Healthcare administrators, you have a greater role in improving lives than you think you do.
“Fundamentally re-designing the way to organise our healthcare system is the game-changer. This is not the work of clinicians alone, but requires all hands on deck,”
Administrators a "potent force" for healthcare transformation
Senior administrators must mentor younger colleagues
Challenged to take the big forces sweeping Singapore Healthcare
Tomorrow’s Medicine brings you highlights from the Singapore Healthcare Management Congress 2015.
Healthcare administrators, you have a greater role in improving lives than you think you do. In her opening address at Singapore Healthcare Management 2015, Mrs Tan Ching Yee had a rallying call – “Re-invent our world”.
Comprising more than 30% of the healthcare workforce, the contributions and achievements of administrators is nothing to be scoffed at. Citing the example of the SingHealth Group Procurement Office, she illustrated how the office set up in 2000 sources drugs and supplies at the most competitive prices to help drive cost effectiveness.
“Every dollar saved is an additional dollar that can be used for patient care or staff development,” she emphasised.
The significant impact of healthcare administrators can also be seen through the many submissions for the poster competition, with a total of 220 posters depicting projects across the domain areas of service quality, human resource, risk management, finance, operations and communications.
Looking at the wide spectrum of innovation projects from the posters, Mrs Tan calls healthcare administrators a “potent force”, working alongside clinicians to ensure high standards of care delivery to keep the population healthy.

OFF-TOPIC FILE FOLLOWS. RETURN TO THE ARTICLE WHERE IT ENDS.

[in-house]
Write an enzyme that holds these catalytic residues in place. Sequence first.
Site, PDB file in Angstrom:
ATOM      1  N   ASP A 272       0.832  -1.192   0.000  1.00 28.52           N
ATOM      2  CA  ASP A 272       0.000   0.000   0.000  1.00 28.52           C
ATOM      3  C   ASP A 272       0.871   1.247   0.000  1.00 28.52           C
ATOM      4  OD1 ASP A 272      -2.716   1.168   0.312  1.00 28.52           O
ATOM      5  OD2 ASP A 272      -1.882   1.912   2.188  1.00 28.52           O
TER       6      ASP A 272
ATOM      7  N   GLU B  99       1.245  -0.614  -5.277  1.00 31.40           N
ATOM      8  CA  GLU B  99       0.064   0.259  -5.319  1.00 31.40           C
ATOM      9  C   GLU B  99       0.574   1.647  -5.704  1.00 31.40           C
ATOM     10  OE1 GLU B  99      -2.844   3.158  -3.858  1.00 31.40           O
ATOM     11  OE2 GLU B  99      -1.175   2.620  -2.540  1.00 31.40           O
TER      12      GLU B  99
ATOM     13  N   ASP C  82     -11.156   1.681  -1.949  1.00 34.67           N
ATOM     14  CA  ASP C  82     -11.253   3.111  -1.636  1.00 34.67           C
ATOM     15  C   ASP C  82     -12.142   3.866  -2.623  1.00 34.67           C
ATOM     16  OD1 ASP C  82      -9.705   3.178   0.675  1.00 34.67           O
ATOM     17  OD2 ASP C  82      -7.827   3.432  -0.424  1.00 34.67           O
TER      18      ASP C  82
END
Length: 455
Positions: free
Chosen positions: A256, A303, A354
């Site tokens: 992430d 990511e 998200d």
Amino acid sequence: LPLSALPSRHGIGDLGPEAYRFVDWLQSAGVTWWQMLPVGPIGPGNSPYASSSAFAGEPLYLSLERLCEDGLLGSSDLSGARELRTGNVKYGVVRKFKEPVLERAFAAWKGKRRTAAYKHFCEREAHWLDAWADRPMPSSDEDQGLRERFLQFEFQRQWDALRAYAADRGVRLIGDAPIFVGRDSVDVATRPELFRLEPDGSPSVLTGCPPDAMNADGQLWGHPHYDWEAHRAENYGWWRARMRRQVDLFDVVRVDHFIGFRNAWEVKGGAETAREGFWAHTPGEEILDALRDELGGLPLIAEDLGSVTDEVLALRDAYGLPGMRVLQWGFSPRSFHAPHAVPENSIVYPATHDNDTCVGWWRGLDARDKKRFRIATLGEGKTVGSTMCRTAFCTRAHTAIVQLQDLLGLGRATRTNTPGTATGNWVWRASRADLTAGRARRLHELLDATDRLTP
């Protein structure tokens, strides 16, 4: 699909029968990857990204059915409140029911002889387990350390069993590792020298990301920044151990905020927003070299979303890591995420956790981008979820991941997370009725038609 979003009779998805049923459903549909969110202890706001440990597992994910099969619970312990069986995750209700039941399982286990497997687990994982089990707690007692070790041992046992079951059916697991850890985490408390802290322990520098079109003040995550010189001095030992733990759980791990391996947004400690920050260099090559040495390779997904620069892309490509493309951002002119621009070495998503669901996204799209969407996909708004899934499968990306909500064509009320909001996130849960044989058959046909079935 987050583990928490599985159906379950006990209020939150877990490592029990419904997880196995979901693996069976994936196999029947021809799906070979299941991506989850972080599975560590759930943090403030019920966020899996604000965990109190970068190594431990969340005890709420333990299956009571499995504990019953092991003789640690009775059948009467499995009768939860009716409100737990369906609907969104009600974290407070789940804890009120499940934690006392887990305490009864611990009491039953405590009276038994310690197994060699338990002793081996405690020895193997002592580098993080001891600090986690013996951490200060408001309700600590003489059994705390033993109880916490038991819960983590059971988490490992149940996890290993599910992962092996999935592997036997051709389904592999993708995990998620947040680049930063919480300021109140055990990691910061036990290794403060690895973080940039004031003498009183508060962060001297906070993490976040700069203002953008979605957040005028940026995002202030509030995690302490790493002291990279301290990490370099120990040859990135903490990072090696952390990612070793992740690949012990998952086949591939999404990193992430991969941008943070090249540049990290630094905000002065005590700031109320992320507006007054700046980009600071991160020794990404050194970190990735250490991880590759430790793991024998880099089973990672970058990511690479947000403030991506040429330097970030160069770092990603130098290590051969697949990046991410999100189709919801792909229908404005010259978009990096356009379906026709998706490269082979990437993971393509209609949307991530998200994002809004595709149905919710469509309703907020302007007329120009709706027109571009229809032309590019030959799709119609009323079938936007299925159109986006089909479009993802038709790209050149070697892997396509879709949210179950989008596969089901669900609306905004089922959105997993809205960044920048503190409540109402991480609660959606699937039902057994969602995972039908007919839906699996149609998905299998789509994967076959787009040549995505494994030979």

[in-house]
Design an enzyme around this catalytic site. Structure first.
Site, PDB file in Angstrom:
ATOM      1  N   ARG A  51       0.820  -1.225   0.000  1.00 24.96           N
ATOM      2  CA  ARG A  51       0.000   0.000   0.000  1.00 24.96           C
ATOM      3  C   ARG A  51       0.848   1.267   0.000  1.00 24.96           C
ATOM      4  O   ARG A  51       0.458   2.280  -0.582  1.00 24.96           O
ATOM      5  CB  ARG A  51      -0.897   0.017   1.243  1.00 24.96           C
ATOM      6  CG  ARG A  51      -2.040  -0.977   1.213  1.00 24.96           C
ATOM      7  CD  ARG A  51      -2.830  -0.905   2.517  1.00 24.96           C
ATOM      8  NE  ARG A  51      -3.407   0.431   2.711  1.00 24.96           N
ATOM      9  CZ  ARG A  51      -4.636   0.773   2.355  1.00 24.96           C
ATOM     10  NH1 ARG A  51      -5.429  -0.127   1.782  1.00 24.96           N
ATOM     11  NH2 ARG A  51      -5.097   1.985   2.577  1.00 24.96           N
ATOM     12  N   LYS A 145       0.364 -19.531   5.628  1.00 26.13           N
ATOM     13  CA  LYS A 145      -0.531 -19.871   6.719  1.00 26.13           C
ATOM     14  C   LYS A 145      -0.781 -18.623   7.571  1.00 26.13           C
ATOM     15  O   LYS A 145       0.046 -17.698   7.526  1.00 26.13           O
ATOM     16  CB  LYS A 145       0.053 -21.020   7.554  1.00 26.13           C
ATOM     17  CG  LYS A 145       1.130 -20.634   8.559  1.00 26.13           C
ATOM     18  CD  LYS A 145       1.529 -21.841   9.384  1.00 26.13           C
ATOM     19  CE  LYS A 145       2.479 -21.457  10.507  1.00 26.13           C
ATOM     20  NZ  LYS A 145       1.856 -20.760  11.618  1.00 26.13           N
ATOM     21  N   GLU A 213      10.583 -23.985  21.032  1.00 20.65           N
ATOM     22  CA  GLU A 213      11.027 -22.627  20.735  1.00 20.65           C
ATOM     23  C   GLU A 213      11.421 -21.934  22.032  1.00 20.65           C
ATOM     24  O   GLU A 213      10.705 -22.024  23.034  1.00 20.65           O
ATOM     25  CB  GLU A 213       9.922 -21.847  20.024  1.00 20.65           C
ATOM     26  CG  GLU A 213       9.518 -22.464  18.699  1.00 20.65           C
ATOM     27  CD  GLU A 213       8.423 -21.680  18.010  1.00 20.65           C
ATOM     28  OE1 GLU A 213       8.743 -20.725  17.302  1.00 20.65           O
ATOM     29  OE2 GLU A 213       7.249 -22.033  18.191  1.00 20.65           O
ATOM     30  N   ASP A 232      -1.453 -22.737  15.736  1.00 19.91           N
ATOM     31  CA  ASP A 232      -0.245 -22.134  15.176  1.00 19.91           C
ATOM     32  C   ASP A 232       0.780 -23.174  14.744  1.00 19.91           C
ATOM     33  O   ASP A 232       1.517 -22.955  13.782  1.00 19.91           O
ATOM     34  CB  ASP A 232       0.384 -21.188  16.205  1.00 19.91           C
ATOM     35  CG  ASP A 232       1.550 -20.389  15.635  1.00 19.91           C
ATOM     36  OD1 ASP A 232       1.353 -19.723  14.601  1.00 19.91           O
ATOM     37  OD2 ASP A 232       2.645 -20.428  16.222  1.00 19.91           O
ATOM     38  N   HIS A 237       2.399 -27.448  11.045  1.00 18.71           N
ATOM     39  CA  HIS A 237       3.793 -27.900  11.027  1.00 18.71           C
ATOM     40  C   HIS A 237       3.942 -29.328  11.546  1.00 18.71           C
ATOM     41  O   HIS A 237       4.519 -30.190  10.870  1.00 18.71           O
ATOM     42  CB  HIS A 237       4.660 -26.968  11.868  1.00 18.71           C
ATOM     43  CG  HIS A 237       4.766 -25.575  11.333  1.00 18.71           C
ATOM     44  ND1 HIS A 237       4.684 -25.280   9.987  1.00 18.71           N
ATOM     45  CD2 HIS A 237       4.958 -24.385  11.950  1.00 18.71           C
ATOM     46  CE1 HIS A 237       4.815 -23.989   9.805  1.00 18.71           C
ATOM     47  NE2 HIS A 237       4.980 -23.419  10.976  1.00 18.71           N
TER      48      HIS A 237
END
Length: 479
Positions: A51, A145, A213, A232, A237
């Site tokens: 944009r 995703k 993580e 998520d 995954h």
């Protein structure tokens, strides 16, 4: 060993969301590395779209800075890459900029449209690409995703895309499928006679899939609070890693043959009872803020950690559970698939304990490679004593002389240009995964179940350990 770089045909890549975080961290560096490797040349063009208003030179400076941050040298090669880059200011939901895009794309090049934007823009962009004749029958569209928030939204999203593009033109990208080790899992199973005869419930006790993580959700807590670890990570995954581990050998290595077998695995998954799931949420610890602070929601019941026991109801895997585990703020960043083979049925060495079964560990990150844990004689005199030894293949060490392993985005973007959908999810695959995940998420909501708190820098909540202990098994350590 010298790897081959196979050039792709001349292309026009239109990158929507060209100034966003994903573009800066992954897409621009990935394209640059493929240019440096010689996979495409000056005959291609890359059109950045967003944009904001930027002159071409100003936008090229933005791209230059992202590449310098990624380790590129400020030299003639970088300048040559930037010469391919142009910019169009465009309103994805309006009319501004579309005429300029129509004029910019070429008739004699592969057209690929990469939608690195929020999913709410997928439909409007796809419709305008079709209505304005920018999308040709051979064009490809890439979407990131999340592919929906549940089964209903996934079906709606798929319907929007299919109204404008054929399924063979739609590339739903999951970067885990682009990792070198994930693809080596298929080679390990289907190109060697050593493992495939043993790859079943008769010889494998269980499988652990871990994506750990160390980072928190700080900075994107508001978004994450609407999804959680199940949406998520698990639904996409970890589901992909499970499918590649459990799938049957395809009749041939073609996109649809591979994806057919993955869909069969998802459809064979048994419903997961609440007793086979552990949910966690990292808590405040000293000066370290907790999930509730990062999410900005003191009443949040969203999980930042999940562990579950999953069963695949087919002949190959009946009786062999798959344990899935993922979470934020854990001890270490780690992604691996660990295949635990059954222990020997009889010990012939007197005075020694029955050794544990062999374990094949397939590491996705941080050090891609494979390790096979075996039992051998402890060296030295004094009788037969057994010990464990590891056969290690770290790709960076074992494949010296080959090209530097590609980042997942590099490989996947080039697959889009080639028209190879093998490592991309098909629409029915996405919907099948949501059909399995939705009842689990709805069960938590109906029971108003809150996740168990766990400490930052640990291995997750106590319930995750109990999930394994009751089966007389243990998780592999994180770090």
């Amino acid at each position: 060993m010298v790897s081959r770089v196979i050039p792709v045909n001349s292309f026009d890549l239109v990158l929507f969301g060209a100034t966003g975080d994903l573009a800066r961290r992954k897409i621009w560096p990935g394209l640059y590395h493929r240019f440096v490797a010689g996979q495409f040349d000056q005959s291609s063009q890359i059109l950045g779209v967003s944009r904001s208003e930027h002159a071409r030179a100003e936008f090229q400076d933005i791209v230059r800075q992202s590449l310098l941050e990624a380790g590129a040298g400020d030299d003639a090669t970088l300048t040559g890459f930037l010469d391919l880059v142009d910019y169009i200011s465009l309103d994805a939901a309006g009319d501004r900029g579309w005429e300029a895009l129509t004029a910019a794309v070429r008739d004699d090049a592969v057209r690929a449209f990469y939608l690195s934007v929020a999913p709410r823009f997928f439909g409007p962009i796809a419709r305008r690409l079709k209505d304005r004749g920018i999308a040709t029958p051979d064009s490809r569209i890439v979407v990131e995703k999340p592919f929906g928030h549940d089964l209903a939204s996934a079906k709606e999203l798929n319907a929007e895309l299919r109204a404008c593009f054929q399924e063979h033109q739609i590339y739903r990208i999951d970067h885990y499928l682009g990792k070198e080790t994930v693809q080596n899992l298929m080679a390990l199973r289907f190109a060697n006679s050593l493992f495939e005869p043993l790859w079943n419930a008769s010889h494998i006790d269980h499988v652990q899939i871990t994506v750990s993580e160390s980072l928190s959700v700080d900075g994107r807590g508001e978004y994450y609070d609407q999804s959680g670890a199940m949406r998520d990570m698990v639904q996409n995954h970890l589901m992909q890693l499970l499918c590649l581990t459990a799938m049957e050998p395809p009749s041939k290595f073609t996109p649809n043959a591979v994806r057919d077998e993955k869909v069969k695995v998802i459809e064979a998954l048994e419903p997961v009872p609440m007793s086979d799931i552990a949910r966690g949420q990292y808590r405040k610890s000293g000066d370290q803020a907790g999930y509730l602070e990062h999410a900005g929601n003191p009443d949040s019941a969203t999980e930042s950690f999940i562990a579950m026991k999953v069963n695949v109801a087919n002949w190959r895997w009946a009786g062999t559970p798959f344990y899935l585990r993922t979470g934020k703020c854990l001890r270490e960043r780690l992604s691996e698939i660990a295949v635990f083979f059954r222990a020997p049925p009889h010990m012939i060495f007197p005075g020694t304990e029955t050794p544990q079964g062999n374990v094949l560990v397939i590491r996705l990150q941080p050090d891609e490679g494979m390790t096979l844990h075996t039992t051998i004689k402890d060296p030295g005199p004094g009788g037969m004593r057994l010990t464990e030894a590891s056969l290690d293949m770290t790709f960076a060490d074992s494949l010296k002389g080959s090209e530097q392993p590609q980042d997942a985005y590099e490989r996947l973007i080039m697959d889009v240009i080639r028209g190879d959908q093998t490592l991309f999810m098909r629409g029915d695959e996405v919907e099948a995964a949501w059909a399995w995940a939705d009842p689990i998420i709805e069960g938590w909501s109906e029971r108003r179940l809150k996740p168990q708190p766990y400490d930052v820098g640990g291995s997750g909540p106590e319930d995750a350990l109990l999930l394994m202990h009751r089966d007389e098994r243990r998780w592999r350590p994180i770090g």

With people living longer, falling birth rates and changing disease patterns, the mission to maintain a healthy nation can be challenging. Add in rising expectations and an increasing empathetic people to the mix and you get quite the uphill climb. One that Mrs Tan has no qualms embarking.
“Fundamentally re-designing the way to organise our healthcare system is the game-changer. This is not the work of clinicians alone, but requires all hands on deck,” she said.
And Mrs Tan states her case, taking successful examples used in the Canterbury Health System from New Zealand and the renowned Geisinger Health System based in Pennsylvania. System change is possible, and she has three approaches for administrators to be part of the transformation - think systems, think lean, join hands.
A big picture view, with people working hand-in-hand maximising the available resources, is the key to our future.